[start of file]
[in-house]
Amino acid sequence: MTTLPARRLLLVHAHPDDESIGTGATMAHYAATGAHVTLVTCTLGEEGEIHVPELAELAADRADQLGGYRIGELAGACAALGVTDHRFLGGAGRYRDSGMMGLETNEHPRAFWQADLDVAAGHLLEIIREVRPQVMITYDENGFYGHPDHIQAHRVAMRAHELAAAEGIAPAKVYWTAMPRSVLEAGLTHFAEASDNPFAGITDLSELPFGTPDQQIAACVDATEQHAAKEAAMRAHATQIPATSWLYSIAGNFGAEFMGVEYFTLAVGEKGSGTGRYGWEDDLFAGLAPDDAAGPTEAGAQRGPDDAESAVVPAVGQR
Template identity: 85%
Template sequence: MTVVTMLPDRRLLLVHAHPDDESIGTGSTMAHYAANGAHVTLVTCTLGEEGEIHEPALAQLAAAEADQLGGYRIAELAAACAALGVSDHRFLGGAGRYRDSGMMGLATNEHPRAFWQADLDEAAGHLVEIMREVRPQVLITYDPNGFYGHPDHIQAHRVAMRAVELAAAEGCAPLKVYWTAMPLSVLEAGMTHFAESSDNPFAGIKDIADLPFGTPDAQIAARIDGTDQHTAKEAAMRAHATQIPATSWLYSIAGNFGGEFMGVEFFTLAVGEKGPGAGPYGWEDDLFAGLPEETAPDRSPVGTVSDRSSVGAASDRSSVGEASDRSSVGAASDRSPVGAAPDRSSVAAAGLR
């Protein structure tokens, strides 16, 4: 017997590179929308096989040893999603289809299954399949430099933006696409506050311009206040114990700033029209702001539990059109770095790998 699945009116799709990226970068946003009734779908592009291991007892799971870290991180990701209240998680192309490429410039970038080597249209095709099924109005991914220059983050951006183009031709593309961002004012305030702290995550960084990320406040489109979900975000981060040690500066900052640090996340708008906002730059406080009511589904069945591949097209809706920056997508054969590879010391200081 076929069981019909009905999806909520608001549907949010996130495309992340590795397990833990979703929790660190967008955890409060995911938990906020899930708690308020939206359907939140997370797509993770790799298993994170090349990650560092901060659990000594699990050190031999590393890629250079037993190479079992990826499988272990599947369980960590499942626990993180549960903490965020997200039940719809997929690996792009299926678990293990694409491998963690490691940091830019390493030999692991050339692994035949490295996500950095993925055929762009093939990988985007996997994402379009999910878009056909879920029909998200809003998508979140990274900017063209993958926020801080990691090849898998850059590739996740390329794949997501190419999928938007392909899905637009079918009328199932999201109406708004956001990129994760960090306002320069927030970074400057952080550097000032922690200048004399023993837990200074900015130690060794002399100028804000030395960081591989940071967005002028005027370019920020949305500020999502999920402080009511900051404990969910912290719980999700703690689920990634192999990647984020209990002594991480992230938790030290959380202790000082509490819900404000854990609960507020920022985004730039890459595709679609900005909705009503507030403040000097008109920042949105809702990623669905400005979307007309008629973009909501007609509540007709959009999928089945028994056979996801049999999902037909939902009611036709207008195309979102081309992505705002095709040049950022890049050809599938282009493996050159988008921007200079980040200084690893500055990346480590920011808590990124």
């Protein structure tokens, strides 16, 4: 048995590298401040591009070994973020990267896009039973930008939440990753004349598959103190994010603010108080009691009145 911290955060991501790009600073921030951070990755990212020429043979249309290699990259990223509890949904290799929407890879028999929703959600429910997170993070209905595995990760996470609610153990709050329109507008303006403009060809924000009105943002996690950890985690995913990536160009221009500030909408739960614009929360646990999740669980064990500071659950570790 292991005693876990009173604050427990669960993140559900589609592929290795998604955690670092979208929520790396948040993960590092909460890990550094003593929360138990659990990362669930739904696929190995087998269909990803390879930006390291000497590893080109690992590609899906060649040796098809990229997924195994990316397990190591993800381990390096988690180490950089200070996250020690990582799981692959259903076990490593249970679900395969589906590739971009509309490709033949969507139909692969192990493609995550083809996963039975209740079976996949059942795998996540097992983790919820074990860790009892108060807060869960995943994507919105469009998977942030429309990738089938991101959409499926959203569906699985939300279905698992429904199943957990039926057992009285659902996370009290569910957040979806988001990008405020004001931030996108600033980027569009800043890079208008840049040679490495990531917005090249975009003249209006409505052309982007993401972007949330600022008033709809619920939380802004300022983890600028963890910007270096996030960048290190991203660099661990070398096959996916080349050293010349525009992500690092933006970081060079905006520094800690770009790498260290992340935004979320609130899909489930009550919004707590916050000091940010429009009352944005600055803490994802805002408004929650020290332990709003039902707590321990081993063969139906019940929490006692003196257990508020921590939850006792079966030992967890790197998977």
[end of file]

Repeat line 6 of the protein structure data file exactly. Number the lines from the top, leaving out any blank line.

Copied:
């Protein structure tokens, strides 16, 4: 048995590298401040591009070994973020990267896009039973930008939440990753004349598959103190994010603010108080009691009145 911290955060991501790009600073921030951070990755990212020429043979249309290699990259990223509890949904290799929407890879028999929703959600429910997170993070209905595995990760996470609610153990709050329109507008303006403009060809924000009105943002996690950890985690995913990536160009221009500030909408739960614009929360646990999740669980064990500071659950570790 292991005693876990009173604050427990669960993140559900589609592929290795998604955690670092979208929520790396948040993960590092909460890990550094003593929360138990659990990362669930739904696929190995087998269909990803390879930006390291000497590893080109690992590609899906060649040796098809990229997924195994990316397990190591993800381990390096988690180490950089200070996250020690990582799981692959259903076990490593249970679900395969589906590739971009509309490709033949969507139909692969192990493609995550083809996963039975209740079976996949059942795998996540097992983790919820074990860790009892108060807060869960995943994507919105469009998977942030429309990738089938991101959409499926959203569906699985939300279905698992429904199943957990039926057992009285659902996370009290569910957040979806988001990008405020004001931030996108600033980027569009800043890079208008840049040679490495990531917005090249975009003249209006409505052309982007993401972007949330600022008033709809619920939380802004300022983890600028963890910007270096996030960048290190991203660099661990070398096959996916080349050293010349525009992500690092933006970081060079905006520094800690770009790498260290992340935004979320609130899909489930009550919004707590916050000091940010429009009352944005600055803490994802805002408004929650020290332990709003039902707590321990081993063969139906019940929490006692003196257990508020921590939850006792079966030992967890790197998977």